I dig Richard Shenkman. He was my first introduction to the fun of true history, and how interesting something can be when you go beyond the glossed over widely held beliefs you have been taught, instead choosing to root around for the real stories of human history.
To demonstrate, lets discuss the good ol’ American family. Or rather, Shenkman discusses family and our widely held belief system regarding it.
“There is the assumption for instance, that child-rearing has always been left up to the mothers. But according to recent studies of the family undertaken by Stanford University’s Carl Degler, child rearing in colonial times was mainly the job of the fathers. Until the early 1880’s child-rearing manuals were not even addressed to the mothers. It wasn’t until the nineteenth century, when women had the economic freedom to devote themselves full-time to their offspring, that they began playing their familiar hearth and home role.”
“Another belief is that colonial Americans married much younger than people do today. In reality, demographic studies have now proved that they usually married in their mid to late twenties, just as now. So much for all the chatter about the delays in marriage supposedly brought on by the complications of modern life. It appears that Americans have a tradition of marrying late. Going to college and starting a career have little to do with the matter.”
“Divorce is not exactly a recent problem. In the late nineteenth century so many Americans divorced that the federal government decided it was a major social problem and undertook a study of the matter. In the 1880’s there were twenty-five thousand divorces a year, more divorces than in any other industrialized country. By the 1920’s, says Degler, American’s were divorcing almost as often as in the early 1960’s.
In any case, the increase in the divorce rate over the past century may not mean that marriages are worse, but only that Americans are more willing now – and more able – to bring unhappy marriages to an end.
…Court records show that the number of divorces began increasing in the nineteenth century, when women began to be treated as equals. Men started filing for divorce in large numbers when their wives refused to subordinate their own interests to their husbands.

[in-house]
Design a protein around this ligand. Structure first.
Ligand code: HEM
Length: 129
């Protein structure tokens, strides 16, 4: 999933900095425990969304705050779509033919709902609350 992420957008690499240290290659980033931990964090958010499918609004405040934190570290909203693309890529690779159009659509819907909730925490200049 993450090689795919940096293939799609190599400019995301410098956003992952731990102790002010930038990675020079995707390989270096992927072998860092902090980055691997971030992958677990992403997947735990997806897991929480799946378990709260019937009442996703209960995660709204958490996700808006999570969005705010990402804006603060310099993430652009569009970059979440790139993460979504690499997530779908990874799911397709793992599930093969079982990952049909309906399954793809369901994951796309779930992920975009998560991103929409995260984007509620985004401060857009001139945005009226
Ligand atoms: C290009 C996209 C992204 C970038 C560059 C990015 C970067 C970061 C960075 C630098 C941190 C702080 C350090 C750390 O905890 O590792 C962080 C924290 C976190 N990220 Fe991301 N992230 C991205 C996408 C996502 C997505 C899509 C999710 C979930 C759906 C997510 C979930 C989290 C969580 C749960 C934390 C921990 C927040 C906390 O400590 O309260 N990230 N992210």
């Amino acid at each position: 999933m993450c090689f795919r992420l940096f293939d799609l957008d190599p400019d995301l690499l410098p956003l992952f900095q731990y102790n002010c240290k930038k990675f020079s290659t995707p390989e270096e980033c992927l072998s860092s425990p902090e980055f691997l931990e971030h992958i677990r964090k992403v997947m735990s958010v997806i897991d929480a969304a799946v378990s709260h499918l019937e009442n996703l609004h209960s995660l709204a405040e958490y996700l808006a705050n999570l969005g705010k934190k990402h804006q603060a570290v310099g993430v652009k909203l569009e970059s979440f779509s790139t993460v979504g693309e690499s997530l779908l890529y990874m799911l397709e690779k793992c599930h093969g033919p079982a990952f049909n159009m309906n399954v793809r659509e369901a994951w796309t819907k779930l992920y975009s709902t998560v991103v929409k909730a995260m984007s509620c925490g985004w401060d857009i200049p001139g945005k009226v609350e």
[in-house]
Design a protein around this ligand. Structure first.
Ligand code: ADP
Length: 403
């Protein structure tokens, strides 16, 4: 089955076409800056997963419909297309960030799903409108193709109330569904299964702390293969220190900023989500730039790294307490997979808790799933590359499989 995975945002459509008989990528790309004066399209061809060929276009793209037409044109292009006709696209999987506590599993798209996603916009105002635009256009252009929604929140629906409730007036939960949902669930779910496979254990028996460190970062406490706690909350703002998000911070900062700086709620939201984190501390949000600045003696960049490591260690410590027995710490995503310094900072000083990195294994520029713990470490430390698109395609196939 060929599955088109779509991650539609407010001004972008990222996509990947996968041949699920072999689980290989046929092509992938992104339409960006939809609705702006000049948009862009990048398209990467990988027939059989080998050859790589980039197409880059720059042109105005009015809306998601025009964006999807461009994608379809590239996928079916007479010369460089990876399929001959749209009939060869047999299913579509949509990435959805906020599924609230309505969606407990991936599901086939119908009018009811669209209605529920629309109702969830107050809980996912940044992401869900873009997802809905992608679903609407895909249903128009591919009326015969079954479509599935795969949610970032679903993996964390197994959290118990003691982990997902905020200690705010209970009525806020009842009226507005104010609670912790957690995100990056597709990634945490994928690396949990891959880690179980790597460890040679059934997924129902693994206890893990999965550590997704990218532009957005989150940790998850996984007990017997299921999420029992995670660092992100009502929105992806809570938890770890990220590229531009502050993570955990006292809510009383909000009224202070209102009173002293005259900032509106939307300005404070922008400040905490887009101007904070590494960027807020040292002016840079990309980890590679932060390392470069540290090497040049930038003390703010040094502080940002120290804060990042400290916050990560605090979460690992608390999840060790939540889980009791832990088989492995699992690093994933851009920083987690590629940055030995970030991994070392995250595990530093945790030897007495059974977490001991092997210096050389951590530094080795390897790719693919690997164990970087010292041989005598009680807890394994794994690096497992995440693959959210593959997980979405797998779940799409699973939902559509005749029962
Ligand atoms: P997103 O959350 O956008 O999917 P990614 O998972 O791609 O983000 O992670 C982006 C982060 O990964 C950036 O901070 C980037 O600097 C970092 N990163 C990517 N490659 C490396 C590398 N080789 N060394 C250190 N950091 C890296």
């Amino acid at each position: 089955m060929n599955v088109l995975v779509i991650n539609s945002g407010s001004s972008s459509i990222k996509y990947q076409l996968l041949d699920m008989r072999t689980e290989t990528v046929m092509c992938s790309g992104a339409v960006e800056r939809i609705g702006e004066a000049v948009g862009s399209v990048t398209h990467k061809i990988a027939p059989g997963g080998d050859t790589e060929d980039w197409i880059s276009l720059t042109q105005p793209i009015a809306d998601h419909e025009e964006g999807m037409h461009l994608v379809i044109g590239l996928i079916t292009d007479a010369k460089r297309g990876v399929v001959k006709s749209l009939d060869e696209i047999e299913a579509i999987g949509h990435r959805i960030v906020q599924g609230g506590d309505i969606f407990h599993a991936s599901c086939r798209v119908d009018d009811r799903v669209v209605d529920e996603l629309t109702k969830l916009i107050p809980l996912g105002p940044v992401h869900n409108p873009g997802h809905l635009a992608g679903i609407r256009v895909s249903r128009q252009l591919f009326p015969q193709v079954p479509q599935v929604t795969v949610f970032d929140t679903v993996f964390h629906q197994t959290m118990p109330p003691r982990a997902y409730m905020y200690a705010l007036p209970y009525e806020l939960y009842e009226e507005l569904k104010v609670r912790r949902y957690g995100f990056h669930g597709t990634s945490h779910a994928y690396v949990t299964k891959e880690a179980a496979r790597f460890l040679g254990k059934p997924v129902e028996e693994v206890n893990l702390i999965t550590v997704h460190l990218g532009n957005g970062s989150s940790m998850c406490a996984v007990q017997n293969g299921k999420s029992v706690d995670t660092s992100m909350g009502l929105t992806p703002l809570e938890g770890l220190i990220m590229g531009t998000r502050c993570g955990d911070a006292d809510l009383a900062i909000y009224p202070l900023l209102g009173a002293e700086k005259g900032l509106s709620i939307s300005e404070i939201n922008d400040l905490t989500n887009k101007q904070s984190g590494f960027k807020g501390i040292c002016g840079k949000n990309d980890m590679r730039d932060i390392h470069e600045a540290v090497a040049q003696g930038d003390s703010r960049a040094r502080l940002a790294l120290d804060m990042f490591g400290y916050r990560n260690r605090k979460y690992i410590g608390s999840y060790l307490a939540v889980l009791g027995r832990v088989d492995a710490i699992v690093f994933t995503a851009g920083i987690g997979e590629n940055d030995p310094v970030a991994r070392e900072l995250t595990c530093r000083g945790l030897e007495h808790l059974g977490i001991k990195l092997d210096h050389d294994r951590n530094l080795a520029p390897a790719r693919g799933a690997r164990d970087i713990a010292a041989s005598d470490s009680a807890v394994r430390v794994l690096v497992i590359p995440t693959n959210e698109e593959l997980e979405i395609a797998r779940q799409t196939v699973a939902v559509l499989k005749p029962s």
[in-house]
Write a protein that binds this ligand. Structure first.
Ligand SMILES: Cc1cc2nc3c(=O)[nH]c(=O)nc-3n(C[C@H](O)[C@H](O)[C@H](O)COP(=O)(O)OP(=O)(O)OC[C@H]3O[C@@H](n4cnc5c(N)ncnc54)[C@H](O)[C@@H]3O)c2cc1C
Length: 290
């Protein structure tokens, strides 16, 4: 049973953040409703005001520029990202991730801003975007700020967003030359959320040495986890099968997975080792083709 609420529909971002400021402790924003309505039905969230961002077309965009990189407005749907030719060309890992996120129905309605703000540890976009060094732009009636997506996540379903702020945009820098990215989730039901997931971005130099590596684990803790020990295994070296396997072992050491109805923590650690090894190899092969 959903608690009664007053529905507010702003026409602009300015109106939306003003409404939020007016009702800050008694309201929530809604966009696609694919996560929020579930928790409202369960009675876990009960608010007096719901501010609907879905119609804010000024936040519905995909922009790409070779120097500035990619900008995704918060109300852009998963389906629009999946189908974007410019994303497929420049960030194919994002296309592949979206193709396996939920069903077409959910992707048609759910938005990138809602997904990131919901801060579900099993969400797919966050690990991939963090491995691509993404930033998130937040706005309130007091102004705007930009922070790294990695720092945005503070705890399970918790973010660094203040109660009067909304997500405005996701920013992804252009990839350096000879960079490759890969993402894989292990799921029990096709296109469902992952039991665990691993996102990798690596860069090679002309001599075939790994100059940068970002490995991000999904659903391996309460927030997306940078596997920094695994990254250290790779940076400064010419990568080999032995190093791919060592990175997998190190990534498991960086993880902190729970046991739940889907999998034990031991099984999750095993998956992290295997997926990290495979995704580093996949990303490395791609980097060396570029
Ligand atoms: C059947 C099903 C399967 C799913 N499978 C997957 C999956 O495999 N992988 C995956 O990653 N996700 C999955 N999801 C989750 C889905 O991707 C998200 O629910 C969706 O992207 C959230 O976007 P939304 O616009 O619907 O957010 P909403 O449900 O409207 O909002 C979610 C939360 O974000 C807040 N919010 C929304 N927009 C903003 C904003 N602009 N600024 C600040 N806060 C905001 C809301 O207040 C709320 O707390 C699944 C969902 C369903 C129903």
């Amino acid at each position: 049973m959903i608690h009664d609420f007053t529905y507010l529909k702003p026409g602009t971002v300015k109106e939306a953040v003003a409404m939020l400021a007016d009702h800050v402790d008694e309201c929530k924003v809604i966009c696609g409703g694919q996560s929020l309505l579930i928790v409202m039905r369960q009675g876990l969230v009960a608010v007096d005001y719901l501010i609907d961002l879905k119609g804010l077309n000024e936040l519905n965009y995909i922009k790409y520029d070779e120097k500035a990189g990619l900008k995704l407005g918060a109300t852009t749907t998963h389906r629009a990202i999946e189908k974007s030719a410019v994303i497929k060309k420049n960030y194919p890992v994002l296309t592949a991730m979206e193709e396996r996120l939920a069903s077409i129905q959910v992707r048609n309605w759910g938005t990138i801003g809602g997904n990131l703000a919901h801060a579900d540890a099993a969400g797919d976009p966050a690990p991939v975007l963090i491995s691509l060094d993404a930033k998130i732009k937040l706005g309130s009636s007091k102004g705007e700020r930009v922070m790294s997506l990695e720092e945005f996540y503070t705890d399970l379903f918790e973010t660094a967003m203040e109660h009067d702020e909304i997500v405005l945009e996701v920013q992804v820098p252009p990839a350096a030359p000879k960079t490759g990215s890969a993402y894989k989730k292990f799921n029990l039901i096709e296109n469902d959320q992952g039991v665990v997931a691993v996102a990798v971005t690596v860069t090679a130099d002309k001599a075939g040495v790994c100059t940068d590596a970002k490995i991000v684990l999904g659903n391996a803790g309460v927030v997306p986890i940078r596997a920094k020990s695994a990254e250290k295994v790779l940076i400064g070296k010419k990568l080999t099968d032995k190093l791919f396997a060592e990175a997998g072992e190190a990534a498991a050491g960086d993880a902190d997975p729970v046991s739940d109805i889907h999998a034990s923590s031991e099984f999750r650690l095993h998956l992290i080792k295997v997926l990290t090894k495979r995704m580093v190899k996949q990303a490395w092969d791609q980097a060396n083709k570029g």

One husband in 1870 even won a divorce because his wife refused to serve him breakfast.
“The fact is, despite the high rate of divorce, marriage remains as popular as ever, and proportionately more Americans get married nowadays than ever before. Just a century ago a full 10 percent of American women refused to marry. In the late nineteenth century Massachusetts 18 percent of the female population over fifty had never married. Today, however, almost everybody marries.”
Americans who are alarmed by the high rate of divorce often see it as a sign of a long-feared moral cataclysm brought on by the loss of old values and the failure of personal character. But the divorce rate has zigged and zagged so fast throughout American history it hardly seems reasonable to assign moral weight to it.
In the 1920’s it went up for a time; in the thirties it leveled off; in the forties, after the war, it went up again, before going down again in the fifties. It is hard to believe that morality has followed the same path. The dramatic rise in divorces after World War II,for example, seems directly tied to the willingness of couples to end marriages hastily entered into during the conflict. It seems to have little to do with any decline in morality.
Critics may say that even if the divorce rate doesn’t spring from a failure of national character, it has resulted in an unprecedented proliferation of single-parent homes. This just isn’t true, however. Children in America have often had to grow up in single-parent families.
In late seventeenth century Virginia, for instance, parents died so young that most children, during part of their growing years, were reared by just one parent, and more than a third lost both parents. In the nineteenth century death came so early that the proportion of families headed by a single parent was roughly the same as it is today. “It is quite true,” says Degler, “that the ending of marriage by death is different in many ways from an ending occasioned by divorce. Yet both have two important things in common. Both leave children with only a single parent, at least temporarily; both result in widespread incidence of combined or ‘blended’ families.” Such families are not new.”
Legends, Lies and Cherished Myths of American History